• Some ISGs enhanced virus infection

   Interestingly, they found that following expression of a number of ISG's, virus replication increased. Something of a surprise for an antiviral pathway. The mechanisms of why/how these genes did this was not addressed but we can assume that in a real-life infection, the other 380-odd inhibitory genes also upregulated would cancel these out. 

HCV-induced hepatocellular carcinoma. WIll this IFN research aid in potential HCV antivirals?

Some caveats exist, however:

  • Over-expression systems may not reflect in vivo situation
   The results from this work are extremely interesting, important and useful yet the way it was done may not accurately represent what happens when you are infected. Although, I feel that this was not what was set out to be determined by the investigators, which I think were stimulated by the need of novel antiviral candidates. This research will of course aid in that field through the identification of potentially life-saving targets.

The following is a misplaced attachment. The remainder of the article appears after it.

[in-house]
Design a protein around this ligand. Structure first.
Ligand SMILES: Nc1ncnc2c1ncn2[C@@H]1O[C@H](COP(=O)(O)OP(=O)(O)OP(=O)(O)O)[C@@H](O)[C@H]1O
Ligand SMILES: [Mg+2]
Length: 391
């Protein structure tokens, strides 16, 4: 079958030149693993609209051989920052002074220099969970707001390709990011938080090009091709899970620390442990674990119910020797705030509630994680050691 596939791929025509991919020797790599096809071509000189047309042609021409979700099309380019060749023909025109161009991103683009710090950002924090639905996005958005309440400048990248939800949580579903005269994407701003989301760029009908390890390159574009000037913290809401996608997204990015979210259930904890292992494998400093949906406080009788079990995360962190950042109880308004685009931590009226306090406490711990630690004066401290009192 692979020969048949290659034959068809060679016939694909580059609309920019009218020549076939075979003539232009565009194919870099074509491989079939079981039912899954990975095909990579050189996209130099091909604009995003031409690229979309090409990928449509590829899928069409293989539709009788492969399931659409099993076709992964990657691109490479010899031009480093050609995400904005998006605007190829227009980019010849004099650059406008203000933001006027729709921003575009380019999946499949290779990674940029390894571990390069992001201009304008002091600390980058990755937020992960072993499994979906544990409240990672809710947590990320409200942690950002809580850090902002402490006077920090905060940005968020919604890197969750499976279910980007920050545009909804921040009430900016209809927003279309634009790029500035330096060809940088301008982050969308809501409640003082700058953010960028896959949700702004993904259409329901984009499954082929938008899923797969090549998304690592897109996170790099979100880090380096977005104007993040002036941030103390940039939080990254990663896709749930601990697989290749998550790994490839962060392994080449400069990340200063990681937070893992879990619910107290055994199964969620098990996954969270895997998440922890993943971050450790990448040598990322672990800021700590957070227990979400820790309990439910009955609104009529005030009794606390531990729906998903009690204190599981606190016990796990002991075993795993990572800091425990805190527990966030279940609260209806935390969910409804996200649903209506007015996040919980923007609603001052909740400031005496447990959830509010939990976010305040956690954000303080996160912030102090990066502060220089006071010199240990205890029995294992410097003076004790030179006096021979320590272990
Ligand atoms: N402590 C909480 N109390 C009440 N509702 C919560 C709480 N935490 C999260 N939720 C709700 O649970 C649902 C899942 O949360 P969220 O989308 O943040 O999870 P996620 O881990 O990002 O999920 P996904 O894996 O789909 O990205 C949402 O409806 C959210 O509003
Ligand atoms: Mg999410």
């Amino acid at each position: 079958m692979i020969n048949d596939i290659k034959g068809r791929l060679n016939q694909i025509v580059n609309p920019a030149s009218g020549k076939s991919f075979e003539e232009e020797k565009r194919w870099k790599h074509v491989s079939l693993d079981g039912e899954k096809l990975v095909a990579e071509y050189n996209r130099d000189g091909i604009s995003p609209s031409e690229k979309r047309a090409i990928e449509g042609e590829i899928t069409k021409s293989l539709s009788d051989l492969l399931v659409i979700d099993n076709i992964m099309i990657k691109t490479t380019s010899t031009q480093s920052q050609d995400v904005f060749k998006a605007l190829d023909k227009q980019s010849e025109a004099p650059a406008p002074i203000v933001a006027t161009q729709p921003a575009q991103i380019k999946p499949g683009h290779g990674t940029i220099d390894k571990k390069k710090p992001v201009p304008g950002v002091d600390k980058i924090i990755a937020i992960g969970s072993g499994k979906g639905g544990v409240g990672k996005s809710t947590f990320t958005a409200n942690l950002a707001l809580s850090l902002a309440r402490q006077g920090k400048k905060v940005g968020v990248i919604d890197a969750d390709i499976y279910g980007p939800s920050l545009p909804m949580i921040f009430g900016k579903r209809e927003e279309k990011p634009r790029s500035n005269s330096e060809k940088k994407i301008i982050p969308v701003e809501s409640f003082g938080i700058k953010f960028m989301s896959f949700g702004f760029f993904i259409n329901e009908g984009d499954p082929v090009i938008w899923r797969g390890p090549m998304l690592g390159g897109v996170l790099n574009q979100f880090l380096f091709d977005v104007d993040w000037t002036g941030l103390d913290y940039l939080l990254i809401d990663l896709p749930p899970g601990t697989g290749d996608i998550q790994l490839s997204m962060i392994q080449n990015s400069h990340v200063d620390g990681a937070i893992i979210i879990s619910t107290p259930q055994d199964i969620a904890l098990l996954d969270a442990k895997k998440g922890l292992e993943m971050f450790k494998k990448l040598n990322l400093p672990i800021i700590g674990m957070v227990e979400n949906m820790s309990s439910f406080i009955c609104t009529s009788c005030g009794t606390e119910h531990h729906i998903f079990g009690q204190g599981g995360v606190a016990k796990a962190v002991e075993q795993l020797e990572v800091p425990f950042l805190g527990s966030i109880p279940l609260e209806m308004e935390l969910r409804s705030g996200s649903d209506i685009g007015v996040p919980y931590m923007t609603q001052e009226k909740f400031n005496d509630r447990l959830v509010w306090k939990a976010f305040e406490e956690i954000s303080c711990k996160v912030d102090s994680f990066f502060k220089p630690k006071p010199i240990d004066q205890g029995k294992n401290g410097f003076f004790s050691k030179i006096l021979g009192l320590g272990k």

• Only a relatively small number of diverse viruses were screened
   The viruses tested in this system included only a relatively small sample of virus diversity - mainly focusing upon small positive sense RNA viruses (HCV etc.), and one retrovirus: HIV-1. We saw that a number of these ISG's inhibited these viruses but does this reflect what may happen with other viruses? What effect would they have on large DNA viruses, negative-sense RNA viruses or double-stranded RNA viruses? While the fact that the majority of the genes inhibited replication probably wouldn't change, the specifics most likely would. A number of these genes would specifically target pathways and systems that are preferentially used by these small positive sense RNA viruses while some would target those used by other viruses.This experiment would only 'see' those affecting these small positive sense RNA viruses. Although, this may not be a bad thing. These viruses are major causes of morbidity and mortality in both human and other animal populations worldwide.

  • Doesn't take into consideration virus IFN modulation

   Every virus probably has different ways of inhibited the IFN response themselves before they are eliminated from the host following ISG expression. This system would not pick up of the majority of these modulatory mechanisms as they occur prior to the expression of ISGs. So, again, as I mentioned before, this work does not reflect what would happen during infection in vivo and nor does it really matter.
Schoggins, J., Wilson, S., Panis, M., Murphy, M., Jones, C., Bieniasz, P., & Rice, C. (2011). A diverse range of gene products are effectors of the type I interferon antiviral response Nature DOI: 10.1038/nature09907